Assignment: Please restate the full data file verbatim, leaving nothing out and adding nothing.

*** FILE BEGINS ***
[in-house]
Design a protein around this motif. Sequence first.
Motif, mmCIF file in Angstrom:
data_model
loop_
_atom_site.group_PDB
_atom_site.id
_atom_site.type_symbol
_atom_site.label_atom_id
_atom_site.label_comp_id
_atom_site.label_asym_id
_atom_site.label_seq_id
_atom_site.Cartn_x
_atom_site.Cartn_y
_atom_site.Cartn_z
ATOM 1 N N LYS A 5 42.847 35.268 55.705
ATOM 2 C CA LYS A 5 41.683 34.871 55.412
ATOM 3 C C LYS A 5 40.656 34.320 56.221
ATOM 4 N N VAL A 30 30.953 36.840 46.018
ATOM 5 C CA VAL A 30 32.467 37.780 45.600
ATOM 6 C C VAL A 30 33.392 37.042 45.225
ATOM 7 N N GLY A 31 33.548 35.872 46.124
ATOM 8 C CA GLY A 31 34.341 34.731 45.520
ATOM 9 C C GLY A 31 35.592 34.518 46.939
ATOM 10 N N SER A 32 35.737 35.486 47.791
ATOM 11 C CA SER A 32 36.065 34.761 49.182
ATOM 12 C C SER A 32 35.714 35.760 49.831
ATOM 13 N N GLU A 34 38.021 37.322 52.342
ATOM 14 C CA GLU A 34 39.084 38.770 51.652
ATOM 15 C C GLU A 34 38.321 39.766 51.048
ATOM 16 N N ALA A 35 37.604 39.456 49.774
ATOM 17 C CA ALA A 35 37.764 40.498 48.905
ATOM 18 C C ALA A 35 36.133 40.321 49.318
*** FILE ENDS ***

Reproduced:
[in-house]
Design a protein around this motif. Sequence first.
Motif, mmCIF file in Angstrom:
data_model
loop_
_atom_site.group_PDB
_atom_site.id
_atom_site.type_symbol
_atom_site.label_atom_id
_atom_site.label_comp_id
_atom_site.label_asym_id
_atom_site.label_seq_id
_atom_site.Cartn_x
_atom_site.Cartn_y
_atom_site.Cartn_z
ATOM 1 N N LYS A 5 42.847 35.268 55.705
ATOM 2 C CA LYS A 5 41.683 34.871 55.412
ATOM 3 C C LYS A 5 40.656 34.320 56.221
ATOM 4 N N VAL A 30 30.953 36.840 46.018
ATOM 5 C CA VAL A 30 32.467 37.780 45.600
ATOM 6 C C VAL A 30 33.392 37.042 45.225
ATOM 7 N N GLY A 31 33.548 35.872 46.124
ATOM 8 C CA GLY A 31 34.341 34.731 45.520
ATOM 9 C C GLY A 31 35.592 34.518 46.939
ATOM 10 N N SER A 32 35.737 35.486 47.791
ATOM 11 C CA SER A 32 36.065 34.761 49.182
ATOM 12 C C SER A 32 35.714 35.760 49.831
ATOM 13 N N GLU A 34 38.021 37.322 52.342
ATOM 14 C CA GLU A 34 39.084 38.770 51.652
ATOM 15 C C GLU A 34 38.321 39.766 51.048
ATOM 16 N N ALA A 35 37.604 39.456 49.774
ATOM 17 C CA ALA A 35 37.764 40.498 48.905
ATOM 18 C C ALA A 35 36.133 40.321 49.318